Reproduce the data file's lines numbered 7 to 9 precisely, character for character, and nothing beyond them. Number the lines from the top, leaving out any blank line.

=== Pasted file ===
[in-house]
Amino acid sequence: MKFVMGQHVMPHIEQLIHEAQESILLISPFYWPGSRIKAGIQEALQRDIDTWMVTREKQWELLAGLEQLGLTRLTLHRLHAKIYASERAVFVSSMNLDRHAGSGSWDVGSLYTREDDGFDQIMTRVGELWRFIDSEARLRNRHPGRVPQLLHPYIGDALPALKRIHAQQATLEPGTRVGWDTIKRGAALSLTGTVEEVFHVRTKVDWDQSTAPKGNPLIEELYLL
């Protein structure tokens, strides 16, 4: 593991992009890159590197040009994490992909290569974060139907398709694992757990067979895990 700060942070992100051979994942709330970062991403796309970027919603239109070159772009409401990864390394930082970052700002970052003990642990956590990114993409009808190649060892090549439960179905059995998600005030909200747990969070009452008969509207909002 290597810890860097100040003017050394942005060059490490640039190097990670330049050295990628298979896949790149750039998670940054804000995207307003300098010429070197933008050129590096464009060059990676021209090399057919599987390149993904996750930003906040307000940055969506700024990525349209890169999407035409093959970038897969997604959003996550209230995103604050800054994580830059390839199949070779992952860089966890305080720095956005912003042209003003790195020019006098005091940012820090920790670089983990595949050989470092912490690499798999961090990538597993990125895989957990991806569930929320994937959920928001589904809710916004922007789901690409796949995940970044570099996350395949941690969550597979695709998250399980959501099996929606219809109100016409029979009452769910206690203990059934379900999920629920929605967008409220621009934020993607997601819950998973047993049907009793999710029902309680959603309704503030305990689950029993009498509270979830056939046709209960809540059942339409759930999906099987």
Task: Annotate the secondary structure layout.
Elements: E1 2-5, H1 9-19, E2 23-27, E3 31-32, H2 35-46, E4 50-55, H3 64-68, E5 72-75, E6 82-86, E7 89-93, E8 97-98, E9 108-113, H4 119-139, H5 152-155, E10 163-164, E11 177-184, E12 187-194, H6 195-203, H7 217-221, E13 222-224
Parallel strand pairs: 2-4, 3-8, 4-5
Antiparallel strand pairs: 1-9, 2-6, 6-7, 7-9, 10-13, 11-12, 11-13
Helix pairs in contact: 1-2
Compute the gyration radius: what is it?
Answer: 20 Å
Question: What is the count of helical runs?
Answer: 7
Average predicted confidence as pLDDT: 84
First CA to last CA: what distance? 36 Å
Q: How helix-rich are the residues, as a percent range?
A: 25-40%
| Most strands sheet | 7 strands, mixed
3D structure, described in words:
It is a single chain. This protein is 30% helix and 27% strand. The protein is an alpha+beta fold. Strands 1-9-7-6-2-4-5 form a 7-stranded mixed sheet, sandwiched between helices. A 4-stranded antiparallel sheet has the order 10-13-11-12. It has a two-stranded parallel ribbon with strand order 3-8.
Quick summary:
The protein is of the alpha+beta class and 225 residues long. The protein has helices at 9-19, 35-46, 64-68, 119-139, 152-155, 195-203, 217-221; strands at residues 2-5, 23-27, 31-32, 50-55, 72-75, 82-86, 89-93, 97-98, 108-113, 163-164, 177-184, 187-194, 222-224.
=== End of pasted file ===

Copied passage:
Antiparallel strand pairs: 1-9, 2-6, 6-7, 7-9, 10-13, 11-12, 11-13
Helix pairs in contact: 1-2
Compute the gyration radius: what is it?